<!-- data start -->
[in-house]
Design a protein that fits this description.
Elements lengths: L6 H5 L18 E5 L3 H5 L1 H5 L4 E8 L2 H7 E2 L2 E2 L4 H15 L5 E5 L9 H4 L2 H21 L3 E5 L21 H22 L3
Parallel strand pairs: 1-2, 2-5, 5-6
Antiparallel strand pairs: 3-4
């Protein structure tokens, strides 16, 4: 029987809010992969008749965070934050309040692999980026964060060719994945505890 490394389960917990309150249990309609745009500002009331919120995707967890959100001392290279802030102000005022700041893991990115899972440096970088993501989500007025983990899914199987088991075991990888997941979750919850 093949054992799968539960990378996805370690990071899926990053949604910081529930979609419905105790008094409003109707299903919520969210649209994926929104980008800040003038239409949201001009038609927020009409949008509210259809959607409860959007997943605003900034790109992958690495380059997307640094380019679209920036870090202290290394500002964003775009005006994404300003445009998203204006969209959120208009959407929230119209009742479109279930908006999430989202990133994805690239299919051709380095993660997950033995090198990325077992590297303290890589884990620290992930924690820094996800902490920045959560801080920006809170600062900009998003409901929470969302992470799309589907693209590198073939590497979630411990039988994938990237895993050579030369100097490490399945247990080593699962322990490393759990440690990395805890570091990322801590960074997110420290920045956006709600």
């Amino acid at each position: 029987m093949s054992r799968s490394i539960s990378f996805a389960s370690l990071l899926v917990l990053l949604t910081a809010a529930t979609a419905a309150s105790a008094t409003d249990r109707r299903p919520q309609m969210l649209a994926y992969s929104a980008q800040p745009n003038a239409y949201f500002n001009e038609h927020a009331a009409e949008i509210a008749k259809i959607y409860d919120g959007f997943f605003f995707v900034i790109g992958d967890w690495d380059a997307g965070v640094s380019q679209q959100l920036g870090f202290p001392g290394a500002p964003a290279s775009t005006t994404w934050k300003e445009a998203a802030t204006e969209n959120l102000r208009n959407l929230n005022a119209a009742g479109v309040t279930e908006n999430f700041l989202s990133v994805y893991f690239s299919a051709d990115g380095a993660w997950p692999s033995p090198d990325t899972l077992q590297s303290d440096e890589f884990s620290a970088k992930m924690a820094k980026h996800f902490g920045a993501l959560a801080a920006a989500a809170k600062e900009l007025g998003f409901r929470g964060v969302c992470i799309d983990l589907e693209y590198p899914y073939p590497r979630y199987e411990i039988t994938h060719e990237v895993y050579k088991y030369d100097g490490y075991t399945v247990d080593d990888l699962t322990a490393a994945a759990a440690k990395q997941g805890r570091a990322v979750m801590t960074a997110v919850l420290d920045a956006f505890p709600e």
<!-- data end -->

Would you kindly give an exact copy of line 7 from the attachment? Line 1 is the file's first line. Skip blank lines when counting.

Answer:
């Amino acid at each position: 029987m093949s054992r799968s490394i539960s990378f996805a389960s370690l990071l899926v917990l990053l949604t910081a809010a529930t979609a419905a309150s105790a008094t409003d249990r109707r299903p919520q309609m969210l649209a994926y992969s929104a980008q800040p745009n003038a239409y949201f500002n001009e038609h927020a009331a009409e949008i509210a008749k259809i959607y409860d919120g959007f997943f605003f995707v900034i790109g992958d967890w690495d380059a997307g965070v640094s380019q679209q959100l920036g870090f202290p001392g290394a500002p964003a290279s775009t005006t994404w934050k300003e445009a998203a802030t204006e969209n959120l102000r208009n959407l929230n005022a119209a009742g479109v309040t279930e908006n999430f700041l989202s990133v994805y893991f690239s299919a051709d990115g380095a993660w997950p692999s033995p090198d990325t899972l077992q590297s303290d440096e890589f884990s620290a970088k992930m924690a820094k980026h996800f902490g920045a993501l959560a801080a920006a989500a809170k600062e900009l007025g998003f409901r929470g964060v969302c992470i799309d983990l589907e693209y590198p899914y073939p590497r979630y199987e411990i039988t994938h060719e990237v895993y050579k088991y030369d100097g490490y075991t399945v247990d080593d990888l699962t322990a490393a994945a759990a440690k990395q997941g805890r570091a990322v979750m801590t960074a997110v919850l420290d920045a956006f505890p709600e």